Published October 27, 2005
The feast of All Souls is Nov. 2, and November is a month traditionally dedicated to remembering ancestors and loved ones who have died. The Cathedral of Christ the King will once again offer a moving remembrance of the feast of All Souls in a very special liturgy.
On Wednesday, Nov. 2, at 7:30 p.m., an All Souls Day Eucharist will be celebrated featuring music from John Rutter’s “Requiem.” The solemn Mass will be celebrated by Msgr. Thomas Kenny, rector of the Cathedral of Christ the King, with the Cathedral Choir, accompanied by a chamber orchestra and Cathedral organist Timothy Wissler. Cathedral choir master Kevin Culver described the music from Rutter’s “Requiem,” composed in 1985.
“It follows in the tradition of the great requiem Masses of Faure and Durufle with unceasingly beautiful melodies supported by lush harmonies,” Culver said. “Rutter, one of the most prolific and respected composer/arranger/conductors of our age, has personally selected texts from the traditional requiem Mass for his setting. The work forms an arch-like meditation on the themes of life and death with the first and last movements expressing prayers on behalf of all humanity. The other movements are likewise woven into the fabric of the liturgy and serve to heighten and illuminate the impact of the celebration.”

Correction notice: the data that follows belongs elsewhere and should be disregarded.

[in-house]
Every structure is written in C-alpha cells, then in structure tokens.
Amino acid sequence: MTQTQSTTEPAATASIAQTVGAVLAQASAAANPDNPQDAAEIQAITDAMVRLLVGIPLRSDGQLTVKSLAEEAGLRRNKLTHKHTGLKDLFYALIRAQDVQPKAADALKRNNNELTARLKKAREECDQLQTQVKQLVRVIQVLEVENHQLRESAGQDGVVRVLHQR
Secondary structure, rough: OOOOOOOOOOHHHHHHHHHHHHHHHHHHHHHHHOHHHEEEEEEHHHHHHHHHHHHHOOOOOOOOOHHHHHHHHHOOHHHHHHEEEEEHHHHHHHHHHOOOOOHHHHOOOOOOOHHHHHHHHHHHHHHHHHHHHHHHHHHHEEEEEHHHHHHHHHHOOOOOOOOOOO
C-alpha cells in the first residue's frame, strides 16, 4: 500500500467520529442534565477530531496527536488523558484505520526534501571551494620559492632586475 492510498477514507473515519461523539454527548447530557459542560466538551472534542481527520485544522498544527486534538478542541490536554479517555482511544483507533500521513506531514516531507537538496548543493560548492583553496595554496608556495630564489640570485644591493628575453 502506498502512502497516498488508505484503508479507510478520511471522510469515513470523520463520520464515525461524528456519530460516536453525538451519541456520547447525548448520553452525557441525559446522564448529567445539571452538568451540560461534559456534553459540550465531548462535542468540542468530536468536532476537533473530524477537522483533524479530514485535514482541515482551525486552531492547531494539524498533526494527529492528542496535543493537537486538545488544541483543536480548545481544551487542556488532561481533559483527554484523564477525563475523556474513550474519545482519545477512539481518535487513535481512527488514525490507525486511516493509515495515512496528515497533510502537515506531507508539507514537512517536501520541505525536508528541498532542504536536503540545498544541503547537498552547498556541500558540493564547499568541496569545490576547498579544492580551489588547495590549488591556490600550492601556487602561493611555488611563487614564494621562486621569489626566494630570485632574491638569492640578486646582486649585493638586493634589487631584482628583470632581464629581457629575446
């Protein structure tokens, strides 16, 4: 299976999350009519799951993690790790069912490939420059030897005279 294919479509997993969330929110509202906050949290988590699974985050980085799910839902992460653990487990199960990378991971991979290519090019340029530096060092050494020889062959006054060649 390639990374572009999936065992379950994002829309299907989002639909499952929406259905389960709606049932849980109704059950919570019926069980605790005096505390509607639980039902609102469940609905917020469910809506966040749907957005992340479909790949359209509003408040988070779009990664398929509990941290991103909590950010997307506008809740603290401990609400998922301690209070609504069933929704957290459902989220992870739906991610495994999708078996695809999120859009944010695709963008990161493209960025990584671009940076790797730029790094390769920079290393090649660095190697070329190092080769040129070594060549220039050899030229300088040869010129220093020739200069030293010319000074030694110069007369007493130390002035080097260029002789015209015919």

The composer is known for the accessibility of his music, and all the movements display some of the most memorable melodies in all of choral literature, Culver added.
The liturgy of the Missa Pro Defunctis (Mass for the Dead), one of the most beautiful and expressive in the Roman Missal, is of very ancient origin. In pre-apostolic times the Jews prayed that the immortal souls of the just might have requiem aeternam (eternal rest). Sources from the 2nd century after Christ mention the celebration of the Eucharist for the dead.
All Souls Day was instituted in 998 by St. Odilo, an abbot of the Benedictine monastery at Cluny. In its actual form the requiem Mass can be traced back to the 8th and 9th centuries. The texts of the Mass, though ancient, continue as vital, living expressions of consolation for the present and hope for the future.
This annual Mass is celebrated with all the mystery and reverence befitting the occasion, Culver said. One of the most moving symbols, used in procession during the Mass, is the Cathedral’s death registry, which contains the names of all people who have been buried from Christ the King since the Cathedral’s dedication in 1936.
“The prayers and music for this special liturgy are filled with images of eternal rest and perpetual light, and ask more of us than mere reflection on past losses,” Culver said. “They encourage us to bring to the present those we have loved and known; to acknowledge their continuing presence in our lives; to pray for them not in the past tense, but in the present and future tenses. The entire diocesan family is encouraged to attend this profound and deeply moving liturgy.”
For more information call (404) 233-2145, ext. 470. The Cathedral is located at 2699 Peachtree Road, NE, Atlanta.